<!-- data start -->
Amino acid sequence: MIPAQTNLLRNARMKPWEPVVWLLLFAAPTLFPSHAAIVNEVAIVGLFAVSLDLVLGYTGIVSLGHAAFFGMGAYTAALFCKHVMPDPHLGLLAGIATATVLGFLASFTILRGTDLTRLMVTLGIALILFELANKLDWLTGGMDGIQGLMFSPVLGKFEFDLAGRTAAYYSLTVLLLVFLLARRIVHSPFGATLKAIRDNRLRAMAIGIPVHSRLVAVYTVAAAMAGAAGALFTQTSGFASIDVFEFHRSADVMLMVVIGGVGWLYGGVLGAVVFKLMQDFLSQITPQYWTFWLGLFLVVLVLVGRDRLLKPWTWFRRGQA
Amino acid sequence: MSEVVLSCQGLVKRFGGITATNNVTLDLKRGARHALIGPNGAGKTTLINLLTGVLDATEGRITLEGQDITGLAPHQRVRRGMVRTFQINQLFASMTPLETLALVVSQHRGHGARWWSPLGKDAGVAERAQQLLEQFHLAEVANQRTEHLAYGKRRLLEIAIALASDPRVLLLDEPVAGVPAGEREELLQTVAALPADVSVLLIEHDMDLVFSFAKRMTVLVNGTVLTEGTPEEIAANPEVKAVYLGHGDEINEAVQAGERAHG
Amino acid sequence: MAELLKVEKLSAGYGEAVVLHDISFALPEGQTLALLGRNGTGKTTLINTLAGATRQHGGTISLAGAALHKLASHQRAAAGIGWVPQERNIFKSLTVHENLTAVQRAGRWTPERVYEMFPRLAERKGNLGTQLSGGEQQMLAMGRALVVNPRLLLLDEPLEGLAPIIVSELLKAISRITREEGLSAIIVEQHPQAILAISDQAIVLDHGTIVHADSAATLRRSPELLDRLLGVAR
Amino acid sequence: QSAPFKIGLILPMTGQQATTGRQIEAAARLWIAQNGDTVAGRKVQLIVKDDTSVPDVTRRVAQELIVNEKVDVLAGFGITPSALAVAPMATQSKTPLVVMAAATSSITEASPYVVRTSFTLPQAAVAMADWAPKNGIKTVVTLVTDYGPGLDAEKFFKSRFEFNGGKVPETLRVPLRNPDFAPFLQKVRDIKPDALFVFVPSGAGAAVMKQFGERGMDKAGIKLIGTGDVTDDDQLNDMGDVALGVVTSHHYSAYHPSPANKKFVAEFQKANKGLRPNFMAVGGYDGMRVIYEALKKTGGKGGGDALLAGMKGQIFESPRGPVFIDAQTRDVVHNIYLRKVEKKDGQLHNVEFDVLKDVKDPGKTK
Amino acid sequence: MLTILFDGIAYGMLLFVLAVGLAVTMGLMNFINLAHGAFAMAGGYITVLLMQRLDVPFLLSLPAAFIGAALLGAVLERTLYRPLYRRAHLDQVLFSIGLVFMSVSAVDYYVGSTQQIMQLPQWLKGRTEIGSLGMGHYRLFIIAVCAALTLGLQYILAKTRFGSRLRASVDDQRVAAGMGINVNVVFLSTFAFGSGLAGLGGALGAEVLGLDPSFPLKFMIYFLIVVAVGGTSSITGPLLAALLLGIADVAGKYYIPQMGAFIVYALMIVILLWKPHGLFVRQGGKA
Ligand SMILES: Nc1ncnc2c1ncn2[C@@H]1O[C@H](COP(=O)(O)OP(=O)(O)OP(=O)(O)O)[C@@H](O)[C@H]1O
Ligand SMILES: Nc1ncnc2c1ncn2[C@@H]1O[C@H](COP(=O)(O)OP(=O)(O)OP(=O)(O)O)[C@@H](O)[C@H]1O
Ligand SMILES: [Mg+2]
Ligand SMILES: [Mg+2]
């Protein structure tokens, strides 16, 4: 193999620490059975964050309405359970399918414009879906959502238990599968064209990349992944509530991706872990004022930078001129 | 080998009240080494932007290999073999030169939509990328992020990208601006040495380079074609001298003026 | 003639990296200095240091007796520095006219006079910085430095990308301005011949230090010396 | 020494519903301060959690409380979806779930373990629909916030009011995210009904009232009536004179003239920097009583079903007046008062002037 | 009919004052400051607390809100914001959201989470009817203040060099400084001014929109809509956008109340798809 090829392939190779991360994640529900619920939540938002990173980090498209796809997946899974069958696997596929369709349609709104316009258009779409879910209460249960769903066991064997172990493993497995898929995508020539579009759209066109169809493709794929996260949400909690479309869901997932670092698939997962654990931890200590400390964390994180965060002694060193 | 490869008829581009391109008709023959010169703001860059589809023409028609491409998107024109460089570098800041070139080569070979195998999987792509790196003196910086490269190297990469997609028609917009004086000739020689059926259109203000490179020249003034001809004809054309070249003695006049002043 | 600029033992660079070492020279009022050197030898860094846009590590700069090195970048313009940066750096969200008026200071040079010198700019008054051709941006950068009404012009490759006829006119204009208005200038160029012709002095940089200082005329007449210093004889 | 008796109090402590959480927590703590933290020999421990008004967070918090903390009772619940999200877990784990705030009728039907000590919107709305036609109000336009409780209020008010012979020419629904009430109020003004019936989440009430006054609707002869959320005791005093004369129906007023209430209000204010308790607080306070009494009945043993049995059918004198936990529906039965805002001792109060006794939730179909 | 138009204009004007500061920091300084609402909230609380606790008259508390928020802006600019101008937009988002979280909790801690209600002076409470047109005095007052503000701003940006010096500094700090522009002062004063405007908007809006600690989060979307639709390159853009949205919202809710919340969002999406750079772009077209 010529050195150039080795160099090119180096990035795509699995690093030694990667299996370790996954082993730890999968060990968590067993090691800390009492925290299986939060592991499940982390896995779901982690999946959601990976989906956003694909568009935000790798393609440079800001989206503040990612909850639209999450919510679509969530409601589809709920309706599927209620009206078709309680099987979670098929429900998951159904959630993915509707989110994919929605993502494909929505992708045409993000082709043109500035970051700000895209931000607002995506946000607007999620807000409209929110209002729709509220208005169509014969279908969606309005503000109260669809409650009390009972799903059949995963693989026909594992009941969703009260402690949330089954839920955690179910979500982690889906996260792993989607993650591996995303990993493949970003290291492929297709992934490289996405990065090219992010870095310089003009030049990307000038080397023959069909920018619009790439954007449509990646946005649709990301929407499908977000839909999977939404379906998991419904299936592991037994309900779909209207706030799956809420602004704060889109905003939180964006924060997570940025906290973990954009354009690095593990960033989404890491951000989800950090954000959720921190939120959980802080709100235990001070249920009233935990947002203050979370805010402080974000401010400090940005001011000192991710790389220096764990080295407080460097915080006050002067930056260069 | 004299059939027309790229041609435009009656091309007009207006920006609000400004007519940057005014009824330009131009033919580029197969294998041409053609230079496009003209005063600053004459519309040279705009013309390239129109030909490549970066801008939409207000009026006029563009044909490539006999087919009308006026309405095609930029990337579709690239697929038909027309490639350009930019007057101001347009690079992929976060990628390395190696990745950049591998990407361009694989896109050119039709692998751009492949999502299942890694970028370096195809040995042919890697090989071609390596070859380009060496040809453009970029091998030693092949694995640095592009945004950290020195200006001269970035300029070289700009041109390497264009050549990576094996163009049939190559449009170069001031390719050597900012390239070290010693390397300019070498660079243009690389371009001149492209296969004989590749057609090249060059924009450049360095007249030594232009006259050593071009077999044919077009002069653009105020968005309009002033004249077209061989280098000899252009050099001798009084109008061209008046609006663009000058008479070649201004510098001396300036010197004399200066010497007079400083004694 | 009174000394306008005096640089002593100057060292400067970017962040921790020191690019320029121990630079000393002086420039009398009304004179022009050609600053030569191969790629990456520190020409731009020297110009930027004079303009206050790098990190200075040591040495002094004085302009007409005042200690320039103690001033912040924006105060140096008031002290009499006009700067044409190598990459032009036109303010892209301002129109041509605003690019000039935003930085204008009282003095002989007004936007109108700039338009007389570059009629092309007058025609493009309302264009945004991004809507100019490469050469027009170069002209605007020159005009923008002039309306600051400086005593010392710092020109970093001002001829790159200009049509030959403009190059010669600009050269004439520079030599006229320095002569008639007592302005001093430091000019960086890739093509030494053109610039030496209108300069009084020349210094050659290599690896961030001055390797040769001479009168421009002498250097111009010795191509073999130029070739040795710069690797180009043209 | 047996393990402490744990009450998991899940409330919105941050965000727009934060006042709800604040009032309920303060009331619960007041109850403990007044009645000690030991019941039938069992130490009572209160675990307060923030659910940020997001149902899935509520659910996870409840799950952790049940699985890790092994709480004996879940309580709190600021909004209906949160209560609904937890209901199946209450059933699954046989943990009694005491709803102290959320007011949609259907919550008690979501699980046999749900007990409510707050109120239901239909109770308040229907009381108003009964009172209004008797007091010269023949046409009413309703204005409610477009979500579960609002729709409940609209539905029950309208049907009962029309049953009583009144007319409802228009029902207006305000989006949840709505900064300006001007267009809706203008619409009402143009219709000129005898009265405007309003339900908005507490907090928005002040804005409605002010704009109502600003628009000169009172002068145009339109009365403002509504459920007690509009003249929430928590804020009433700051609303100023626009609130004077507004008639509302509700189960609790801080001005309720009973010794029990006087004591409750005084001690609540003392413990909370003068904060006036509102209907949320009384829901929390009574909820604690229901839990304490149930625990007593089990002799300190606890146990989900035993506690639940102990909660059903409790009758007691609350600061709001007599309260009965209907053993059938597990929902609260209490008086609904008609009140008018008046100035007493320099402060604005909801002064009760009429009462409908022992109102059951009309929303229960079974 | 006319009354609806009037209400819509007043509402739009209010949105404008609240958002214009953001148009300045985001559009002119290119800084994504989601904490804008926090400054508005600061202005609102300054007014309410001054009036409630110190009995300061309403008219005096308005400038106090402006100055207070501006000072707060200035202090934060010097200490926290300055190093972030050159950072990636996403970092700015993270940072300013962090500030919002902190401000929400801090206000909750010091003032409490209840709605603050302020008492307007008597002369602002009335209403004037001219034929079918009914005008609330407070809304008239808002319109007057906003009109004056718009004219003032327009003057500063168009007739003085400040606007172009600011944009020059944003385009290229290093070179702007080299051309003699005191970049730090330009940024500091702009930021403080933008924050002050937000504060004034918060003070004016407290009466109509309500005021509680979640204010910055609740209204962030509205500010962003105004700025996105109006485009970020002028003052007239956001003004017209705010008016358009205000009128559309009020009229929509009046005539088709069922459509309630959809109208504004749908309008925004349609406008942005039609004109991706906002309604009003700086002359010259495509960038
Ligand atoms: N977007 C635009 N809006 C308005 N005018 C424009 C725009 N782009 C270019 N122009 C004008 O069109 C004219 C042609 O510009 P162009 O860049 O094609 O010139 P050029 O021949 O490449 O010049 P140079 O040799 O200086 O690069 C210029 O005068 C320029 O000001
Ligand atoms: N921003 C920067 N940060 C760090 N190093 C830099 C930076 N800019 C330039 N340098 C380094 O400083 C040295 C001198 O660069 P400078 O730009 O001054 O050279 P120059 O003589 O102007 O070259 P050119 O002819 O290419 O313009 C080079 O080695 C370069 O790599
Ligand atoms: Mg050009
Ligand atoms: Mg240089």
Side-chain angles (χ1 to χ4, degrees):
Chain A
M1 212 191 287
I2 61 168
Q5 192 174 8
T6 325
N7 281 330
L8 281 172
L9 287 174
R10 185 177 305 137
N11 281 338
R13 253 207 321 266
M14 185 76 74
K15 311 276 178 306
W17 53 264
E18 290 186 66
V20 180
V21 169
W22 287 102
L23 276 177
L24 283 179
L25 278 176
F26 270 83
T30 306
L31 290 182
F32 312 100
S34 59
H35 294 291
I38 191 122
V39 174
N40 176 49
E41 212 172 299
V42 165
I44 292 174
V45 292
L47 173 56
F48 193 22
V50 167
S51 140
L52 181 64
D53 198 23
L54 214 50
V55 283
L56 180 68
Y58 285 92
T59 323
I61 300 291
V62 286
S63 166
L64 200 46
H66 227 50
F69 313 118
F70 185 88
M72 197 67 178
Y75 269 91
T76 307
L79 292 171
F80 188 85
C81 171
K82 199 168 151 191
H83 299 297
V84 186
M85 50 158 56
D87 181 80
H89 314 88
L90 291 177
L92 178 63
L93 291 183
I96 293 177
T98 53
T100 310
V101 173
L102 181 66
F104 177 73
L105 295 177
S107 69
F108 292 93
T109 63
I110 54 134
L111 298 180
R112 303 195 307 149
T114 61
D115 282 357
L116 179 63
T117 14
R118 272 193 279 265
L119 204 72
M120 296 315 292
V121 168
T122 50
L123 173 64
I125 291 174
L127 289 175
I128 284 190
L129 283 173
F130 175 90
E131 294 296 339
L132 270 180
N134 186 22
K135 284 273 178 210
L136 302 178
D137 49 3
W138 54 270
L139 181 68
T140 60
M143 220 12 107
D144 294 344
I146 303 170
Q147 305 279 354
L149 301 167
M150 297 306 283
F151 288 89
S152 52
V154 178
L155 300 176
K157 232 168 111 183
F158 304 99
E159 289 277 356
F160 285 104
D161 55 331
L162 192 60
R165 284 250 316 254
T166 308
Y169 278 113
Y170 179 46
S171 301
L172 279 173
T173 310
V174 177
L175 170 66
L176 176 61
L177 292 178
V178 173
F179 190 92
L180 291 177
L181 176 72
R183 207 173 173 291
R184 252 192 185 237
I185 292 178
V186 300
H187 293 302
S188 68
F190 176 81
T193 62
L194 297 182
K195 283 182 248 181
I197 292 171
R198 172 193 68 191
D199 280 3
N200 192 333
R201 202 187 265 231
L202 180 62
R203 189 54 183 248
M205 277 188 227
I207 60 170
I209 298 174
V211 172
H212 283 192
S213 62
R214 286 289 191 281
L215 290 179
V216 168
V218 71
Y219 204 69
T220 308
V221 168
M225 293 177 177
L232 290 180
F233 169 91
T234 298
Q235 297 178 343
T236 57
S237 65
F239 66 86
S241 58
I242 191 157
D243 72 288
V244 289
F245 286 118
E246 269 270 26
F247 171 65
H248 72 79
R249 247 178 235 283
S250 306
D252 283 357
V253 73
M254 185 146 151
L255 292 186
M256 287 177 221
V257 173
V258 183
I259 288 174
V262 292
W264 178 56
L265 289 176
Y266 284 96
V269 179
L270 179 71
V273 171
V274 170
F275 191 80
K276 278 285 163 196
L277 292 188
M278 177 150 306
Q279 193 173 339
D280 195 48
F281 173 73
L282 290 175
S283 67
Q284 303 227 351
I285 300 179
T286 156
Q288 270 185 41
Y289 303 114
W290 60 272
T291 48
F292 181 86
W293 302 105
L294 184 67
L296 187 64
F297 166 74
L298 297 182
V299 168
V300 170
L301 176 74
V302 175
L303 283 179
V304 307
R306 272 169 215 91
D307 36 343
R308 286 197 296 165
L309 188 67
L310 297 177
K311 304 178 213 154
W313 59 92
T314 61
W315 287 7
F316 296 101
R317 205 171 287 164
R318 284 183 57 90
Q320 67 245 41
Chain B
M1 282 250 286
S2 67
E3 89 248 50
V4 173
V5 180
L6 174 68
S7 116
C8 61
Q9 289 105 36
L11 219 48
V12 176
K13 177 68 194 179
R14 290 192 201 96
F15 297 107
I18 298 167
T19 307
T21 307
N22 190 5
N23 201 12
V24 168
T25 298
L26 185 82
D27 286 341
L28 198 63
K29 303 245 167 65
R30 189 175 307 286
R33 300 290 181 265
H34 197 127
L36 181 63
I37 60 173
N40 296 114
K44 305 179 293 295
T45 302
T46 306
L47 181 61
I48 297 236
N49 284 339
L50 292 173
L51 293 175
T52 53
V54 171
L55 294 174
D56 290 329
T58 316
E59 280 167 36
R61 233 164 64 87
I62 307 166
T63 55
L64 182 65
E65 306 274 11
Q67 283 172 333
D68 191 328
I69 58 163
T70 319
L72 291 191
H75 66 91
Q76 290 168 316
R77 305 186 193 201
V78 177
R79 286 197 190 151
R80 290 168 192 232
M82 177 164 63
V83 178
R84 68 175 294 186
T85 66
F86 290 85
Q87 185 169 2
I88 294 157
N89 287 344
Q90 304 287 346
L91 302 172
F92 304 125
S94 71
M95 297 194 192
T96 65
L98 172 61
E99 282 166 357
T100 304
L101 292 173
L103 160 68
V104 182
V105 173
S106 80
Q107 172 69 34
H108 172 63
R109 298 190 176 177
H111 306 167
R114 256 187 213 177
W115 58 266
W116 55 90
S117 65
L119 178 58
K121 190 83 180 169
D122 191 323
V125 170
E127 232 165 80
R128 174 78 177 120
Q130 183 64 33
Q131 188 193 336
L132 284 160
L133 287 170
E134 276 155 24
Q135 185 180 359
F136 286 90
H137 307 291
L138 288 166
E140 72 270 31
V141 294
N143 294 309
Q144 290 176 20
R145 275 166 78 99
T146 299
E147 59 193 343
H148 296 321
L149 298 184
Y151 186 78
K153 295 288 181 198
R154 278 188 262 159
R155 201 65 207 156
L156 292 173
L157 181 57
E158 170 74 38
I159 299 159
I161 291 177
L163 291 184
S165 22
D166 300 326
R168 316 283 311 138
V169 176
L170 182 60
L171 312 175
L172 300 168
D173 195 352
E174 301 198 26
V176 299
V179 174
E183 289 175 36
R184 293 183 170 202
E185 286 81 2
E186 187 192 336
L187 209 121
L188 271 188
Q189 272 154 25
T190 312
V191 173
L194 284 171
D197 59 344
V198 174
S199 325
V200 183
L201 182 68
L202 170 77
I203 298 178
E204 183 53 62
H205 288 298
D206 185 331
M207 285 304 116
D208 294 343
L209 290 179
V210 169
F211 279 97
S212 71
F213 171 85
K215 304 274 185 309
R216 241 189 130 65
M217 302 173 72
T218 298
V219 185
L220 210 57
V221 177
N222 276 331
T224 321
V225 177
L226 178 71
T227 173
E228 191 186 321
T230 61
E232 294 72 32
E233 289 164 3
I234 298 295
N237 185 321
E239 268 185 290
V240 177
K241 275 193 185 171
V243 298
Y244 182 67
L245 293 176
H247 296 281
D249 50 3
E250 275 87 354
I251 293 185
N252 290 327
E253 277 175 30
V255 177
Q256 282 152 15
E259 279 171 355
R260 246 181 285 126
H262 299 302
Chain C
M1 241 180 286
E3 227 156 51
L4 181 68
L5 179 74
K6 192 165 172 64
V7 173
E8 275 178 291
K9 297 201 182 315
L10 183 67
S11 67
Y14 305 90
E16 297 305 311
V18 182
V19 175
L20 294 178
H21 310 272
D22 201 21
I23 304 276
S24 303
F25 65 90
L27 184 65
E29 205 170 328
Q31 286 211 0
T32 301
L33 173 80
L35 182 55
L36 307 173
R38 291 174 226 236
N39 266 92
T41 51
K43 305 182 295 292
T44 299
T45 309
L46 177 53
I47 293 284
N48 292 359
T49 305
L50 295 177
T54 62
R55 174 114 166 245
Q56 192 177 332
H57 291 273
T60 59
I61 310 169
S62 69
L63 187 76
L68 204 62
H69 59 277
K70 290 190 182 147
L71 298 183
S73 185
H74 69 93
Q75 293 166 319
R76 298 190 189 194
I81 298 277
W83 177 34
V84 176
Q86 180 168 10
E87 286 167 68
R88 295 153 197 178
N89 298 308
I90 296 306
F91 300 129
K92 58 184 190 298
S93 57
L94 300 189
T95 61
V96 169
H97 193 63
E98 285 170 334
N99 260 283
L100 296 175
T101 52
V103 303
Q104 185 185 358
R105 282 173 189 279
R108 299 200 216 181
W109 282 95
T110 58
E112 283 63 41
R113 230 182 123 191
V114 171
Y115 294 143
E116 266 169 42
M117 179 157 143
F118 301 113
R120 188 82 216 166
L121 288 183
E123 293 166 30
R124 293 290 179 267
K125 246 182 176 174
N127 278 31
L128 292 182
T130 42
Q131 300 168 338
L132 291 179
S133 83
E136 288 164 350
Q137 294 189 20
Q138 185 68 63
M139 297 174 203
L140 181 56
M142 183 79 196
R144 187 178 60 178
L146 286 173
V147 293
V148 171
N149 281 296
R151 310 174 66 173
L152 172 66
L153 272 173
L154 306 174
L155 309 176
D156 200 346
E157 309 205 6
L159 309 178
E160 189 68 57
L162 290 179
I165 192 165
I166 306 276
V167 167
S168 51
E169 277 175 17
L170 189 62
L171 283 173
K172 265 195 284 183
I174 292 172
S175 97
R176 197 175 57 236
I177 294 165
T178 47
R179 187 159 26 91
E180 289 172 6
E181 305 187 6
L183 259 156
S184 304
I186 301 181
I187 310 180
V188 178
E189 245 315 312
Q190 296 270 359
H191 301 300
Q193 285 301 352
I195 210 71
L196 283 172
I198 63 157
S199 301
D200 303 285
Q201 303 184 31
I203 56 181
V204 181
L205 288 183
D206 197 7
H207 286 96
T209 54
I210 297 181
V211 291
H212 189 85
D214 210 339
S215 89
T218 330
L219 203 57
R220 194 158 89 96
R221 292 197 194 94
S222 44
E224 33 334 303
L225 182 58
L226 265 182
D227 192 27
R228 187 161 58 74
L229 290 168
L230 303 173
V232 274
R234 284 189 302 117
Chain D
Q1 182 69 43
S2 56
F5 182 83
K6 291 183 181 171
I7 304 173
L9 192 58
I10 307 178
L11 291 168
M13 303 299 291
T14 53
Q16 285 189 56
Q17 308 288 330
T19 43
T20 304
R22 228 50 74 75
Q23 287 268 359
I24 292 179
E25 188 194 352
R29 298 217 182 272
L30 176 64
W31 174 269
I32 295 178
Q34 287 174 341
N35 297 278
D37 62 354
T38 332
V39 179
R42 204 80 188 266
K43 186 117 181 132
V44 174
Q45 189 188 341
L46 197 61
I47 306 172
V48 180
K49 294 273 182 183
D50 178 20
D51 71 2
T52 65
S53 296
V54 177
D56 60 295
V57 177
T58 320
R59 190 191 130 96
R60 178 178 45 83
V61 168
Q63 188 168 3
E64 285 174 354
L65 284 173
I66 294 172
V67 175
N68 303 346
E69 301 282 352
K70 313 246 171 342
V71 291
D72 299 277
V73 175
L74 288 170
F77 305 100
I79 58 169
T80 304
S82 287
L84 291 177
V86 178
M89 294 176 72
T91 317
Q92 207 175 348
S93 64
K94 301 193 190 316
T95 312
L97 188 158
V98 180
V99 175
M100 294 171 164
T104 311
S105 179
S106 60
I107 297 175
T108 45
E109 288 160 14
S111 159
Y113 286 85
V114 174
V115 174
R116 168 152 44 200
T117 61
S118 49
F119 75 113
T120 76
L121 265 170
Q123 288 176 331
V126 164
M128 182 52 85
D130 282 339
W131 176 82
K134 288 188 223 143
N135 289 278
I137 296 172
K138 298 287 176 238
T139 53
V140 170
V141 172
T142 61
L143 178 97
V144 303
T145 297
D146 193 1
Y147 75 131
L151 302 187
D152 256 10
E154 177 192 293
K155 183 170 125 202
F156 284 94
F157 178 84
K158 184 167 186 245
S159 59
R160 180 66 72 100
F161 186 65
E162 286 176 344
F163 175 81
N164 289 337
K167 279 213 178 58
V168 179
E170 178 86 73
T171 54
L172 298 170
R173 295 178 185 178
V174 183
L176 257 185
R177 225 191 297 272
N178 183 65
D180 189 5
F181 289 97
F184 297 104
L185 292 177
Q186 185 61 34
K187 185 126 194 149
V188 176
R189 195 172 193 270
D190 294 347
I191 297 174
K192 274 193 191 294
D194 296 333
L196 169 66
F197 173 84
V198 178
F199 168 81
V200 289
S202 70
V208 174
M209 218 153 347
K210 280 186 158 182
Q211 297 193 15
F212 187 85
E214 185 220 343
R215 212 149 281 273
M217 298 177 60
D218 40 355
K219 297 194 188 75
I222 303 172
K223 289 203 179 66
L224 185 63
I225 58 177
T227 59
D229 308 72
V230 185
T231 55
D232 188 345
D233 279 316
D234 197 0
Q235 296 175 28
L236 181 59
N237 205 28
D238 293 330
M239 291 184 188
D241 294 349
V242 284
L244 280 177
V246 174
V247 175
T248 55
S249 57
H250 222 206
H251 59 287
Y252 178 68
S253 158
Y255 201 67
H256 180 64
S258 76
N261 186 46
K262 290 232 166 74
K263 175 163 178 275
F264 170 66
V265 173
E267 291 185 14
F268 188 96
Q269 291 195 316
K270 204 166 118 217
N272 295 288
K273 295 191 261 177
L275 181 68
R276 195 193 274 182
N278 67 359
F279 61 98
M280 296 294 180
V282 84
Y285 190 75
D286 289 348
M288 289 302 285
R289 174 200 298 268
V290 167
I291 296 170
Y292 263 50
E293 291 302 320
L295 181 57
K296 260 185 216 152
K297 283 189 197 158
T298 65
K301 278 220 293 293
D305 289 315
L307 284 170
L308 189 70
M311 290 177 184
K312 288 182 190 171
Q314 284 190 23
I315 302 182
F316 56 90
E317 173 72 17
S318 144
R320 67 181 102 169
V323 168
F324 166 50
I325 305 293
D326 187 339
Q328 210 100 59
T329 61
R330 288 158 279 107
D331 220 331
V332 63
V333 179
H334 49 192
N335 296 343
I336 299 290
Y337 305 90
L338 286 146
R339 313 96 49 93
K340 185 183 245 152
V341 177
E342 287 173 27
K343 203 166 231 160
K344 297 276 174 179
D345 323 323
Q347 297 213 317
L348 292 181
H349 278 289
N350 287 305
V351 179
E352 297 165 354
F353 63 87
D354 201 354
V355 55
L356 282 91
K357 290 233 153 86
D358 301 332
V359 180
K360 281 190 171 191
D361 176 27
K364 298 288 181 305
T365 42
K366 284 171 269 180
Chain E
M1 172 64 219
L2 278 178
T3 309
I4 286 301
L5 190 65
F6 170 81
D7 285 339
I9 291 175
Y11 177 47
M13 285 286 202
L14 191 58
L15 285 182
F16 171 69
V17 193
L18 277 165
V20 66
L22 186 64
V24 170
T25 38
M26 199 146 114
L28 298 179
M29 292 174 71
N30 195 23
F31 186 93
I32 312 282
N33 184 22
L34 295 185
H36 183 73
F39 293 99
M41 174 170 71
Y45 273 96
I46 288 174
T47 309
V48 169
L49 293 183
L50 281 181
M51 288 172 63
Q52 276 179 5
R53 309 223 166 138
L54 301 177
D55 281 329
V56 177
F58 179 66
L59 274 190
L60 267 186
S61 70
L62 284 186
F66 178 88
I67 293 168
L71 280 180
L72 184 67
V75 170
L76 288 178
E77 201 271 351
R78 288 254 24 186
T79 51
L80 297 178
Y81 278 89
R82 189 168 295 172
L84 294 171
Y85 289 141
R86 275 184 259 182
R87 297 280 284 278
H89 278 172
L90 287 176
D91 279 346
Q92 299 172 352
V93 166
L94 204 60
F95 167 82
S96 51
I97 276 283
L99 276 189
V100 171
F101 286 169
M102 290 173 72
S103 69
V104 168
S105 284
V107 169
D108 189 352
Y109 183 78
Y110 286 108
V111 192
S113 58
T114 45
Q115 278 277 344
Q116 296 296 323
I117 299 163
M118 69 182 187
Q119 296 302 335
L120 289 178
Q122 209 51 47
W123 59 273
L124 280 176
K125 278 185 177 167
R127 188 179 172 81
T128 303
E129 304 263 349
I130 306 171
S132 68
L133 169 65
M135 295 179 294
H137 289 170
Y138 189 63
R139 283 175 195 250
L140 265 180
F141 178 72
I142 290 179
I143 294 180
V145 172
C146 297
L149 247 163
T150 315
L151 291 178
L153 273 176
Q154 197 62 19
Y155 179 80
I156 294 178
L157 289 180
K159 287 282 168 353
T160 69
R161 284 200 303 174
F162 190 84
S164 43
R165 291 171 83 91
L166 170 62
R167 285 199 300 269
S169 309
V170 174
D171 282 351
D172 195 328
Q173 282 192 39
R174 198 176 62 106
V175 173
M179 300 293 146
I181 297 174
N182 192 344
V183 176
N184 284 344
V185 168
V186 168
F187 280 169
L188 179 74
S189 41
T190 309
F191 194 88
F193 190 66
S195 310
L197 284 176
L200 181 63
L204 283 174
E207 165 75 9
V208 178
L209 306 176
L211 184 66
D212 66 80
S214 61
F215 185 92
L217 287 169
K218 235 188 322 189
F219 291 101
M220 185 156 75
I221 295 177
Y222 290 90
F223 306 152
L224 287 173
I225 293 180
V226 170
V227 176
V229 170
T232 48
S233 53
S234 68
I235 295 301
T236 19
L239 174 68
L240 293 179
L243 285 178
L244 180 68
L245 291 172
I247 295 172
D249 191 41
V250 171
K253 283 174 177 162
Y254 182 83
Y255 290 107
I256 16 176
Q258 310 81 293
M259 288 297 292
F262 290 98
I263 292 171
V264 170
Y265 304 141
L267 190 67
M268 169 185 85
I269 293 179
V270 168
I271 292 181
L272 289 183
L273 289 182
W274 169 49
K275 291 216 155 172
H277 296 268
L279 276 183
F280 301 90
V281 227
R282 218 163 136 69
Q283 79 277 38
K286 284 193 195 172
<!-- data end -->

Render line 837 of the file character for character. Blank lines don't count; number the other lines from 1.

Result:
Y285 190 75